The Poisonwood Bible | Study Guide

Barbara Kingsolver

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Barbara Kingsolver | Biography

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Early Life

Barbara Kingsolver was born April 8, 1955, in Annapolis, Maryland. Her father, a doctor, often worked in communities with limited access to health care. In 1963, when Kingsolver was seven, the Kingsolver family went to the Congo―a vast country in central Africa. They lived there for two years, amidst the political upheaval caused by the assassination of the Congolese Prime Minister Patrice Lumumba in 1961 and other events described in The Poisonwood Bible. Kingsolver saw the Congo as a place of tremendous adventure. She did not recognize the ways in which her personal experiences intersected with Congo's history until many years later.

Beginning in 1973 Kingsolver studied biology in college and then in graduate school at DePauw University in Indiana and the University of Arizona, respectively. She was politically active during these years, protesting against the Vietnam War (1955–75), fought between communist North Vietnam and democratic South Vietnam on whose behalf the United Stated intervened, and President Nixon's administration (1969–74), which was plagued by ethical scandal and a resignation to avert impeachment. She contributed to student and scientific publications, and after graduating she began to work as a freelance writer and journalist. Her work has appeared in periodicals including Smithsonian and the New York Times. Her first novel, The Bean Trees, was published in 1988. Kingsolver published several more works of fiction, as well as nonfiction, before publishing The Poisonwood Bible in 1998. She has a strong interest in food production and consumption and deep ties with nature in all its aspects.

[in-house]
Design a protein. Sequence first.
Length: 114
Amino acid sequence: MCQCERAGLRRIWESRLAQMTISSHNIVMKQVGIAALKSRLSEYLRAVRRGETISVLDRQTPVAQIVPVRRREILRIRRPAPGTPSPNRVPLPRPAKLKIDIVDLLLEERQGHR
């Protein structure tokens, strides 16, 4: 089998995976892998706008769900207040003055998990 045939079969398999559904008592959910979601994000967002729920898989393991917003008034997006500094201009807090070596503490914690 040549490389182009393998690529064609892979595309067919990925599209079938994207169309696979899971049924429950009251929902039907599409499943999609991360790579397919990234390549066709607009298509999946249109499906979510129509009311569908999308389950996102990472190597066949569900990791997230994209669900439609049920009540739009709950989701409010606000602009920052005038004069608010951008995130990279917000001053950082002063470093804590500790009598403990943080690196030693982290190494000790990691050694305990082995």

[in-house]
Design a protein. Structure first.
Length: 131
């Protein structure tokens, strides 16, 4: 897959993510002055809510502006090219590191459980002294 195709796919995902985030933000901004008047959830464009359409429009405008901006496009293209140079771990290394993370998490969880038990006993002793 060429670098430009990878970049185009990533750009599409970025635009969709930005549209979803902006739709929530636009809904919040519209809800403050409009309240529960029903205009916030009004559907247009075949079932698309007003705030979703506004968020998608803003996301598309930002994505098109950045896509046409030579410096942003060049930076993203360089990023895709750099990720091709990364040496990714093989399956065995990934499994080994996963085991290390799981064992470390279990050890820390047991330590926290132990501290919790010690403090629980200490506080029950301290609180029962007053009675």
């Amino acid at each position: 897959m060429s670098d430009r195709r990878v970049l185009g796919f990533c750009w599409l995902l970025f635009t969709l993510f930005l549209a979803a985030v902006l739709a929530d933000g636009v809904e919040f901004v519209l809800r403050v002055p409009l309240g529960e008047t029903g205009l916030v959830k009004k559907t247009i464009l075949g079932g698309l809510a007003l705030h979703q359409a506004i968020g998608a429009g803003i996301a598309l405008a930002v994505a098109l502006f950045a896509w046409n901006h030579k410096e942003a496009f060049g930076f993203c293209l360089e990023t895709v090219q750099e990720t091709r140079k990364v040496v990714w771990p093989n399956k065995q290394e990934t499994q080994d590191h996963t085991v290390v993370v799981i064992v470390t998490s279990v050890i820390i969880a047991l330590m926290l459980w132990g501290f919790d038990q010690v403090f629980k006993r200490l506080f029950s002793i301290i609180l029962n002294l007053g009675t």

The Poisonwood Bible

The Poisonwood Bible is Kingsolver's best-known and most widely praised book. Like many of her books, it appeared on the New York Times Best-Sellers list. In 2000 Kingsolver received the National Humanities Medal from President Bill Clinton. After the success of The Poisonwood Bible, Kingsolver established the Bellwether Prize for Fiction for first-time novelists writing "socially engaged fiction."

Literary Contributions

Kingsolver has written 14 books and contributed to over 50 literary anthologies. She remains politically active and views her writing as a political act. In a 2010 interview with The Guardian, Kingsolver said, "I don't understand how any good art could fail to be political." She is sometimes criticized for her active voice in politics, but Kingsolver says on her website that she does her best work "through writing and being an active citizen of her own community."
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